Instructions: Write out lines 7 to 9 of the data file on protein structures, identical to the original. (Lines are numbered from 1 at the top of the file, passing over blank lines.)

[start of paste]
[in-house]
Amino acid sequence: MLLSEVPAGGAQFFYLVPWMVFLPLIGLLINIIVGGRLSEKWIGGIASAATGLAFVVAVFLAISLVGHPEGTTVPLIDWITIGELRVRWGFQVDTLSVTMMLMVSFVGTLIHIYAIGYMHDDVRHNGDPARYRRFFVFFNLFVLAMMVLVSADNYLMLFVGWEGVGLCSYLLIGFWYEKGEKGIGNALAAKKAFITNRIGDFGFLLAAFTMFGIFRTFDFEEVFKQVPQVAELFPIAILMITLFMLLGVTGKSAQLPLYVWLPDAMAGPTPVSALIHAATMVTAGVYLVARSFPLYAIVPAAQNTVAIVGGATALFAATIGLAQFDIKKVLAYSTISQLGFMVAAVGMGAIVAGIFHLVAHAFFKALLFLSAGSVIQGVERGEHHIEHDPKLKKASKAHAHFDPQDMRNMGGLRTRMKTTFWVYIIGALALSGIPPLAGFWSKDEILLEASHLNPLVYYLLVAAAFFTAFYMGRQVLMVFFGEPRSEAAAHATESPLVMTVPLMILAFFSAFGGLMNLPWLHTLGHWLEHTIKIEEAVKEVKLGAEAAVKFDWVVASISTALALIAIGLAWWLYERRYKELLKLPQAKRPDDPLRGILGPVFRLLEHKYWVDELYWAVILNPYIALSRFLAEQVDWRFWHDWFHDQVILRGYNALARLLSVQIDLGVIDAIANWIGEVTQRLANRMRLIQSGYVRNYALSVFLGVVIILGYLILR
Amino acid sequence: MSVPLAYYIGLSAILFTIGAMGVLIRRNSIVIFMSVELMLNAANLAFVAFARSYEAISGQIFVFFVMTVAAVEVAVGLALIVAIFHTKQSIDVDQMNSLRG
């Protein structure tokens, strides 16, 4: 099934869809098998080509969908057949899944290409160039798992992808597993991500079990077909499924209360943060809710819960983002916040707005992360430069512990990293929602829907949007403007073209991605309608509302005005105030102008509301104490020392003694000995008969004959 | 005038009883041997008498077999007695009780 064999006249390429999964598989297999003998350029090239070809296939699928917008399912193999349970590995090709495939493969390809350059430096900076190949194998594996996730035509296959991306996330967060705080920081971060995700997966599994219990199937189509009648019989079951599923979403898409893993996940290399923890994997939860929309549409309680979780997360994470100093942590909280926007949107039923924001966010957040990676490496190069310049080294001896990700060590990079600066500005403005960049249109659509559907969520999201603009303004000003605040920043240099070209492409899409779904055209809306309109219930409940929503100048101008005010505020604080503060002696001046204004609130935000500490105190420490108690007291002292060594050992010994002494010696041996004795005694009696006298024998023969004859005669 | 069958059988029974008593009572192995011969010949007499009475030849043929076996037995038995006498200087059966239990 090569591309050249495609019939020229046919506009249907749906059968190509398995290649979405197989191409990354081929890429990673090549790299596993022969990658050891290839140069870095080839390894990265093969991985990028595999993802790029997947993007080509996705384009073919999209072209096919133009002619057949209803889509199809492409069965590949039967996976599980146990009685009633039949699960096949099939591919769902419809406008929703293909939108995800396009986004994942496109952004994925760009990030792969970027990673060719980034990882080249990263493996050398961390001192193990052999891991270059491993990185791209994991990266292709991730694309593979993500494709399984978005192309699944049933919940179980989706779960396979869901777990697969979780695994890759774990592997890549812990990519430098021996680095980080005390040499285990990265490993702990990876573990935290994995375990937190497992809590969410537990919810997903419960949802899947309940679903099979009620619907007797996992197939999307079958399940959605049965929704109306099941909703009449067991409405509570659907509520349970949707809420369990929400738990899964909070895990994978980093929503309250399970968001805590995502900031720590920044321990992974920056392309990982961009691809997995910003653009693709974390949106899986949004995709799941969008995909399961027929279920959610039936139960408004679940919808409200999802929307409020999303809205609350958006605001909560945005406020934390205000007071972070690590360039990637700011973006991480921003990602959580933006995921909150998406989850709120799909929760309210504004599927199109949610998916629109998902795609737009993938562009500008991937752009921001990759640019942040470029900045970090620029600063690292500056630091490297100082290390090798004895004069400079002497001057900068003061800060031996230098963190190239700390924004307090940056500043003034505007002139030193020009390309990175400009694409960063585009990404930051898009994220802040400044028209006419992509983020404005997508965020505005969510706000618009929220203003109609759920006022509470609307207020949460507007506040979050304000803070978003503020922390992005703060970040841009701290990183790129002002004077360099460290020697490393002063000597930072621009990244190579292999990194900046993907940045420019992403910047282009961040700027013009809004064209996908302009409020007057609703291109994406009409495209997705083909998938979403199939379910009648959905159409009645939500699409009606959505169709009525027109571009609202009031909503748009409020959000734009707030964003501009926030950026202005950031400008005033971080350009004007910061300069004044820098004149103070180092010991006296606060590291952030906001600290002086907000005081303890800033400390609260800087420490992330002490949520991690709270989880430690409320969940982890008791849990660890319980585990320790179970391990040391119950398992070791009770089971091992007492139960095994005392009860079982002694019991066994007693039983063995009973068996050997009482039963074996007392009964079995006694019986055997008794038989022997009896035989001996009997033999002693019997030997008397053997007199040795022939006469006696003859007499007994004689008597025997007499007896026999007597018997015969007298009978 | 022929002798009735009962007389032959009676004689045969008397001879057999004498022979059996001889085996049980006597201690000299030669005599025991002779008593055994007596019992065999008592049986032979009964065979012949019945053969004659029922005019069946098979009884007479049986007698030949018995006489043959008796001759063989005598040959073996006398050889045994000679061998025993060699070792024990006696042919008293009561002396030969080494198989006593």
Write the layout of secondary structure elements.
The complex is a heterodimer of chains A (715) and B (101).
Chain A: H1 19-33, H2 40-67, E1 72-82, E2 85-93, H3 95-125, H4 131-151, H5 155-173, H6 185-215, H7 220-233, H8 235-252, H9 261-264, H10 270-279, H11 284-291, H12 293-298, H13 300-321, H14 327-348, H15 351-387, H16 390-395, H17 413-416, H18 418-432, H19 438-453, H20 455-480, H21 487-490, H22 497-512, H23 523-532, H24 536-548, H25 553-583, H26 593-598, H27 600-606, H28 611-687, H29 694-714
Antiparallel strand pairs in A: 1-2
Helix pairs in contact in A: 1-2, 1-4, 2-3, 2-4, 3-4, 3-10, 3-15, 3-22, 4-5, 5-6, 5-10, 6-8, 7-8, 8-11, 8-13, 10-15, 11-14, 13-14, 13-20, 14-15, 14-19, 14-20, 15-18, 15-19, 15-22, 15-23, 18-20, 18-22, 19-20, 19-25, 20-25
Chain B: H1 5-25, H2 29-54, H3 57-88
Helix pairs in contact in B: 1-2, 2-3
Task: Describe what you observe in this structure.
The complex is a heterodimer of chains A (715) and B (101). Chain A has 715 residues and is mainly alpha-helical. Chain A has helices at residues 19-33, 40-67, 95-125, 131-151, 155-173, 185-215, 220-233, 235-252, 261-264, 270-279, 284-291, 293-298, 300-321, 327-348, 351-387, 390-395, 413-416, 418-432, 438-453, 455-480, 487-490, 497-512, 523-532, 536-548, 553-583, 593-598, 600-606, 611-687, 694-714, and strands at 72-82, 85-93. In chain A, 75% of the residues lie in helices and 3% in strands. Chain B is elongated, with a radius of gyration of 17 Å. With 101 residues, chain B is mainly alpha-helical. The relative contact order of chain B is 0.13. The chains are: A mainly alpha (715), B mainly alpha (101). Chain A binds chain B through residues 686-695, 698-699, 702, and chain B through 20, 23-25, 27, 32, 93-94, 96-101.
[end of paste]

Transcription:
Chain A: H1 19-33, H2 40-67, E1 72-82, E2 85-93, H3 95-125, H4 131-151, H5 155-173, H6 185-215, H7 220-233, H8 235-252, H9 261-264, H10 270-279, H11 284-291, H12 293-298, H13 300-321, H14 327-348, H15 351-387, H16 390-395, H17 413-416, H18 418-432, H19 438-453, H20 455-480, H21 487-490, H22 497-512, H23 523-532, H24 536-548, H25 553-583, H26 593-598, H27 600-606, H28 611-687, H29 694-714
Antiparallel strand pairs in A: 1-2
Helix pairs in contact in A: 1-2, 1-4, 2-3, 2-4, 3-4, 3-10, 3-15, 3-22, 4-5, 5-6, 5-10, 6-8, 7-8, 8-11, 8-13, 10-15, 11-14, 13-14, 13-20, 14-15, 14-19, 14-20, 15-18, 15-19, 15-22, 15-23, 18-20, 18-22, 19-20, 19-25, 20-25